Faith Heroes: Catholic Sisters and Nuns

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Did you see this article in Huffington Post from former British Prime Minister Tony Blair? Mr. Blair wrote “My Female Faith Hero: Catholic Sisters” (March 8, 2012) for this year’s UN International Women’s Day on his Foundation’s blog. Check out these excerpts below and be sure to read the whole article!

Tony and Cherie BlairOne of the striking features of innovative interfaith work is the very high proportion of women and girls who are involved, despite the received image of mostly male religious leaders in dialogue…. This is, of course, typical of the willingness of women of faith to make new commitments, innovate, and take risks. The women who have inspired me most recently have shared these attributes: they are the Catholic Sisters who are dealing with sexual trafficking….

Nuns work with the police, get girls out of brothels, brave local mafias. They seem a long way from the old Hollywood movie nuns with their wimples and distinctive habits, bobbing out of cloisters to smile at Bing Crosby in a clerical collar. It is hard to remember that, not too long ago, they had to seek permission from bishops to study gynaecology, and some were even advised by their Mother Superior on how to vote.

Their celibacy is chosen. They give themselves entirely to caring for trafficked women, protecting them in safe houses, educating about the dangers of “attractive” job offers overseas, helping them escape from vicious pimps, making safe their return to their families in the midst of threats. This does not make celibacy easy or less of a sacrifice. Their spirituality is not incidental either. Dealing with young traumatised women at the very beginning of their recovery from rape and sexual slavery – if they ever fully achieve it – requires that amalgam of compassion and street toughness that does not come from reading “how-to-be successful” books.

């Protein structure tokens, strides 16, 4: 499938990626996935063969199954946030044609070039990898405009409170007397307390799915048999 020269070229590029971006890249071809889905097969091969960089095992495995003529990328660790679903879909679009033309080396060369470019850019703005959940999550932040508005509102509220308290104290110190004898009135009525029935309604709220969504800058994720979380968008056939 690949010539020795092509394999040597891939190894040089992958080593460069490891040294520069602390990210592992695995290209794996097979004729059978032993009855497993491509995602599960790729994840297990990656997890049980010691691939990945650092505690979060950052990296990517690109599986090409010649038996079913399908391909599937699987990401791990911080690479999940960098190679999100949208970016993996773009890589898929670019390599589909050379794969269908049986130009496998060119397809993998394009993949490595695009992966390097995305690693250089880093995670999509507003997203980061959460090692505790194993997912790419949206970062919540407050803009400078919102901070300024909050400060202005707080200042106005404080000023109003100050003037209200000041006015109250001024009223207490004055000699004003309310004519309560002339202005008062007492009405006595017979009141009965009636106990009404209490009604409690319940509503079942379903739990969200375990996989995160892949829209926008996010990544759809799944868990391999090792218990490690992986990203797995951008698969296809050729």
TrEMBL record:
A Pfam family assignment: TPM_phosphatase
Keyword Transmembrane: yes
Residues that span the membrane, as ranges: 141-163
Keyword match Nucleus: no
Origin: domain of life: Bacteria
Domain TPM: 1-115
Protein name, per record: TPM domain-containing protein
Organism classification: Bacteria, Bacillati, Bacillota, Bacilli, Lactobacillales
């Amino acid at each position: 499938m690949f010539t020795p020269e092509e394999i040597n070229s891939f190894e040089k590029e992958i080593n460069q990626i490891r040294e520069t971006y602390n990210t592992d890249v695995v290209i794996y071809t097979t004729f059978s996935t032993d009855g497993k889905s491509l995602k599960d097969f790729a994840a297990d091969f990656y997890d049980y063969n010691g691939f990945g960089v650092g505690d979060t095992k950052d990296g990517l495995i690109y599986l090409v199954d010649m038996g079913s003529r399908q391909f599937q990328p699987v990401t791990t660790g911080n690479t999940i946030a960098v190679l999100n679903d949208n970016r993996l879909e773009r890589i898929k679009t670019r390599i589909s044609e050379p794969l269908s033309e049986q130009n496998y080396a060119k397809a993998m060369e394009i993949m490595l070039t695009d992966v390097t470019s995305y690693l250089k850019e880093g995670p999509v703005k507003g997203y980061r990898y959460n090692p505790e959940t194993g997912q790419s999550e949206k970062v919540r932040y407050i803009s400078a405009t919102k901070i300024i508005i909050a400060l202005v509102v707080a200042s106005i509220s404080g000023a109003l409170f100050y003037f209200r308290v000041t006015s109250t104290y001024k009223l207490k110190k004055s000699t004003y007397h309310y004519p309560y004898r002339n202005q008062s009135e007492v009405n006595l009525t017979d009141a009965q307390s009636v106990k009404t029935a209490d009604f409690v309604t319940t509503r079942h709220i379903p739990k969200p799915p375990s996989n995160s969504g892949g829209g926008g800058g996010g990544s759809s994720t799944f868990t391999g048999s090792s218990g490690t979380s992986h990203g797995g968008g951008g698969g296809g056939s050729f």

I think what I admire most is their ability to champion human dignity when human dignity is the very last thing that the people they are working with have experienced. It means swopping a cosy convent parlour for the rigours of the street and the pain of empathy with people who have experienced some of the worst that human beings can do to each other by way of degradation and enslavement. (source)

And a random shoutout to those of you who celebrating the Rite of Christian Initiation of Adults (RCIA) — Mr. Blair became Catholic just a few years ago! Clerical Whispers had the scoop back in 2009!

Comments

Gayle OSF March 20, 2012 at 9:57 am

Nice article! My community is working to end human trafficking as well, though we’re not out in the streets (yet).

Sister Julie March 20, 2012 at 1:48 pm

Go, nuns, go!